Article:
This cycle leads to a succession of revelations to which Hoa Mi responds mutely: the silence of contemplation, and that of the outsider. Innocent and kind, she is a sort of lost Candide, except for what she’s doing: retracing a family history long kept buried. Hoa Mi the lock picker. The past is sometimes unable to intercede in the present. But on the contrary, in Hanoi, time’s circle seems to have been distorted into an imperfect curve, like the country’s sinuous and humid geography. Past and present confront each other in a ceaseless, futile tug of war. No future emerges on the horizon. Dreaming or awake? These twenty-four hours are a theater of apparitions, souls who will revisit our present existence, turtles who will recite poems while we remain prisoners of the discord of a country now transfixed by the paradoxes of its past. This dead end, closed off centuries before to the history of Vietnam at the moment when it lost its original language—can the enchanted eyes of an outsider finally find a way out?”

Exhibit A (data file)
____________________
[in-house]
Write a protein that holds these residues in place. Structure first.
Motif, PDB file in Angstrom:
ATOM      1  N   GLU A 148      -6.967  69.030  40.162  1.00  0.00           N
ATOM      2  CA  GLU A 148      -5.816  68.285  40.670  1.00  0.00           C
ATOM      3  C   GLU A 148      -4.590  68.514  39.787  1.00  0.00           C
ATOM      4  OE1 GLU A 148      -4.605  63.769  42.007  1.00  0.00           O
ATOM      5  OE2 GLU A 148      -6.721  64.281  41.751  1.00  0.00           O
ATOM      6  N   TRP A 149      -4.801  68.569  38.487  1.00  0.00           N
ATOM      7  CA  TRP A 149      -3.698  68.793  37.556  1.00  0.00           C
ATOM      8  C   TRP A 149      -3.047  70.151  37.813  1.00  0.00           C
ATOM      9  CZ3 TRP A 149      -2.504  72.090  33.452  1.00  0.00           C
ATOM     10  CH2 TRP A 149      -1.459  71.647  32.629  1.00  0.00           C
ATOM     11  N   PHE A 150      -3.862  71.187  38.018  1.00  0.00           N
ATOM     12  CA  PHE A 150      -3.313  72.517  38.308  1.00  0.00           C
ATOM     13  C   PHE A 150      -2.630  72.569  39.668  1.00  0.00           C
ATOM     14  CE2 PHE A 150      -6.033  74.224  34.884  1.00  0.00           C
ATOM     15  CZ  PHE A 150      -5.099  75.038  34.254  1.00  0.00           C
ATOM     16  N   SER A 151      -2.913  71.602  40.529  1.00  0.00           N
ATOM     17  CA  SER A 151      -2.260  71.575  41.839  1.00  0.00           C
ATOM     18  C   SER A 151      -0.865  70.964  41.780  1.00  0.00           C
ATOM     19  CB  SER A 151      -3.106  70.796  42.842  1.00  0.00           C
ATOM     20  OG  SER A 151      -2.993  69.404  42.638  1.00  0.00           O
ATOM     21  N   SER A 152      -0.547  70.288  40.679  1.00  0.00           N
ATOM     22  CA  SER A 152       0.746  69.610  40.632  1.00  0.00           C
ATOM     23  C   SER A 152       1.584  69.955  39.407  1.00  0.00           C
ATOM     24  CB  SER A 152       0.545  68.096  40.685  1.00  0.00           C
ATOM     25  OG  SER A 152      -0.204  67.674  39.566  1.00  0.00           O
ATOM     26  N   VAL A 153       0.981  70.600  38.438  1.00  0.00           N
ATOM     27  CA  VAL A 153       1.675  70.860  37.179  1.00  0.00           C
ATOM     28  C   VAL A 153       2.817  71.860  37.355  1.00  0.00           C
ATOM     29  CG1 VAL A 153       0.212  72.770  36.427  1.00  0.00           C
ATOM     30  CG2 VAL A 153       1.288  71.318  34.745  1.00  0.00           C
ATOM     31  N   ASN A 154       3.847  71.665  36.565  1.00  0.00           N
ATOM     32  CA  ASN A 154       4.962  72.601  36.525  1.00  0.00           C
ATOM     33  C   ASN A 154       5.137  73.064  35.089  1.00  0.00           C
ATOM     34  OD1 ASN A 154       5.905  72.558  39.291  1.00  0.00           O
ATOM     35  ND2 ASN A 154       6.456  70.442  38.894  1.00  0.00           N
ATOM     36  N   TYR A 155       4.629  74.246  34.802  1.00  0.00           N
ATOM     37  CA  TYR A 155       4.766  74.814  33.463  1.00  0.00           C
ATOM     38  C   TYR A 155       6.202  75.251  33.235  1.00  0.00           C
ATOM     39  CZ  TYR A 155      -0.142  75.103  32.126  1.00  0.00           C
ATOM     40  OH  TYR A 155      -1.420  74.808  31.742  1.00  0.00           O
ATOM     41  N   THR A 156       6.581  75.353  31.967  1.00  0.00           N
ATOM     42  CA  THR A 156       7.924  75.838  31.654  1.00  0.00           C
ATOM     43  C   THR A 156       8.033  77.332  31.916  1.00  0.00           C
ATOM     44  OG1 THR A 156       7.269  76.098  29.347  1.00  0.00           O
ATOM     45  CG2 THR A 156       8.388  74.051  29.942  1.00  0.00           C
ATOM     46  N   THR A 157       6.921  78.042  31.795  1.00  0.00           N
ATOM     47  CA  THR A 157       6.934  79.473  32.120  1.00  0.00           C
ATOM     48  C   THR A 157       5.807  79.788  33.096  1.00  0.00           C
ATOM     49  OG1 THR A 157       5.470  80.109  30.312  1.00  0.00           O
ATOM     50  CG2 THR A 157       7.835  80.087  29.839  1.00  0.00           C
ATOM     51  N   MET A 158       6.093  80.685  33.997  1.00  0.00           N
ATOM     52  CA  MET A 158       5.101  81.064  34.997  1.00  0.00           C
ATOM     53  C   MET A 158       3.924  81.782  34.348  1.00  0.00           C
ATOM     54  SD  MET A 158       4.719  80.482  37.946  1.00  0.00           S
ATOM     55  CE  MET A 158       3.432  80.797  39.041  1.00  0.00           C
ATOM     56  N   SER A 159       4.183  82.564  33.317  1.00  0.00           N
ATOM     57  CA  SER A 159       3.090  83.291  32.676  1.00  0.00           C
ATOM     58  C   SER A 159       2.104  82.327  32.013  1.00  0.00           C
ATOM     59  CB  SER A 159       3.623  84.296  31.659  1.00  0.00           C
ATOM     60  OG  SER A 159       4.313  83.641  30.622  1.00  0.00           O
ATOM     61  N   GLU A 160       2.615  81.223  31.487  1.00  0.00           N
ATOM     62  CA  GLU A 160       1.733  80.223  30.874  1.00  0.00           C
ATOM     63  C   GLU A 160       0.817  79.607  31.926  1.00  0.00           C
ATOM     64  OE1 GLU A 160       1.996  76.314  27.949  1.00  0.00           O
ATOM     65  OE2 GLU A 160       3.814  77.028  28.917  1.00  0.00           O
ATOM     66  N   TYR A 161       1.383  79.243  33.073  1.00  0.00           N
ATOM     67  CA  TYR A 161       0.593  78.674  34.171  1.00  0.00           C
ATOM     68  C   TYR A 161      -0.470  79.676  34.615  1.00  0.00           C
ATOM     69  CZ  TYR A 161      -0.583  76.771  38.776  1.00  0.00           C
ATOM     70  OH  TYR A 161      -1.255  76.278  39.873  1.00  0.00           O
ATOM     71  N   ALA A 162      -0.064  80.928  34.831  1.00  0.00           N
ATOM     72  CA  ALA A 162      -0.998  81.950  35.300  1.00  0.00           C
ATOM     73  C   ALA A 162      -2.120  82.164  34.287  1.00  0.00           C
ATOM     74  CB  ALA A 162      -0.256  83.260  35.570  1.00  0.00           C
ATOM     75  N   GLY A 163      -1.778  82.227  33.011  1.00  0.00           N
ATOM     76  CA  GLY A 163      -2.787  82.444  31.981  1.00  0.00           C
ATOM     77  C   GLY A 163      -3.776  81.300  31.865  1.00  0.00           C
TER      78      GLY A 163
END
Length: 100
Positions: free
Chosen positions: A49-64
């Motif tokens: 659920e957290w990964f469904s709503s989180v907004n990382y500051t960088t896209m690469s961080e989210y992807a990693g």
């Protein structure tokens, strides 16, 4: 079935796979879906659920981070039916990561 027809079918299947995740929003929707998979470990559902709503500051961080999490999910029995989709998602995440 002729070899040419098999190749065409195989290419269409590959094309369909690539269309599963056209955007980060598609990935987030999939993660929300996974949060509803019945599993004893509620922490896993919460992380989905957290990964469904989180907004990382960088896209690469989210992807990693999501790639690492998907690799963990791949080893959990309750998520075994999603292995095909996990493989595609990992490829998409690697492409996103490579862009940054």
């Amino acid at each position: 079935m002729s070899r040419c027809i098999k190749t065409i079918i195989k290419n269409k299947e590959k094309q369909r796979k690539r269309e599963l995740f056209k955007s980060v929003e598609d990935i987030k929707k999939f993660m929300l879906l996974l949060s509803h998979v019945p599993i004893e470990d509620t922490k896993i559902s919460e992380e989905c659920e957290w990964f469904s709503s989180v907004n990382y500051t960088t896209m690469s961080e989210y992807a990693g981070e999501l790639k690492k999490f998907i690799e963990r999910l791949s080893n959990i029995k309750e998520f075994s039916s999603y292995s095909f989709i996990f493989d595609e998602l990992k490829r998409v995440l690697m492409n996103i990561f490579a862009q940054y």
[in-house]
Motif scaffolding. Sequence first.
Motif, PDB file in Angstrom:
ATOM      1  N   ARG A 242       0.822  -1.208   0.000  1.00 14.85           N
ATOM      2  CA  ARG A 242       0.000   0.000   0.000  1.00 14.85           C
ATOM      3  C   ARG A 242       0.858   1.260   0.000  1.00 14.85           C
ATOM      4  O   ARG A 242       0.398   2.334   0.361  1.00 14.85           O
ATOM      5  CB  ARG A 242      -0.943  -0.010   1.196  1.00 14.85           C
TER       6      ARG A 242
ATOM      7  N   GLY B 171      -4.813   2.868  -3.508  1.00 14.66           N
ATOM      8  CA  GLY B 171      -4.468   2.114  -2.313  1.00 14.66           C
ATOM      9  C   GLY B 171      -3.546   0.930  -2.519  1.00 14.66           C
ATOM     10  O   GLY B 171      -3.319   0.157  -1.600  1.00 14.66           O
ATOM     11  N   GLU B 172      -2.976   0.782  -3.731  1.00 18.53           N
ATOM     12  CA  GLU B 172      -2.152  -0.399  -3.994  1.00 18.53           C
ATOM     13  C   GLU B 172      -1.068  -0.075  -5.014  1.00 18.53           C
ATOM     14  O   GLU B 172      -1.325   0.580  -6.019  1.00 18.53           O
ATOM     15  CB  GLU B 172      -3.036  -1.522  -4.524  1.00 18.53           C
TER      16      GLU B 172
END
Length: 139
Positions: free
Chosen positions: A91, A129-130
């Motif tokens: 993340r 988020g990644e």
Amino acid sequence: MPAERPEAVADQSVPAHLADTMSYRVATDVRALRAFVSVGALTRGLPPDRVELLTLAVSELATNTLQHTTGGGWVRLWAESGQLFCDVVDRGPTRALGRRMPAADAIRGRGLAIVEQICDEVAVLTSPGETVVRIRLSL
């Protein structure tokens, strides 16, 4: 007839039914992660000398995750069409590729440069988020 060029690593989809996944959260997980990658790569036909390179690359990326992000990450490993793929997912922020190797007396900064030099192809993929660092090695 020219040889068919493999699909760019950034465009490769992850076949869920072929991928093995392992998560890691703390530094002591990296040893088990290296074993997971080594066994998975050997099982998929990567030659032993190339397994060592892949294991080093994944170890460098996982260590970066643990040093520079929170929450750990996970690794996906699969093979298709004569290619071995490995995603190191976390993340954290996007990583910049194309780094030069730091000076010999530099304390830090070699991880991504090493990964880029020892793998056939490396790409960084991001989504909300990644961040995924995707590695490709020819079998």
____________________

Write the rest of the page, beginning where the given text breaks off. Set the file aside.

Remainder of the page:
Excerpt from the narration of the film 24 hours in Hanoï.
Images by André Morin.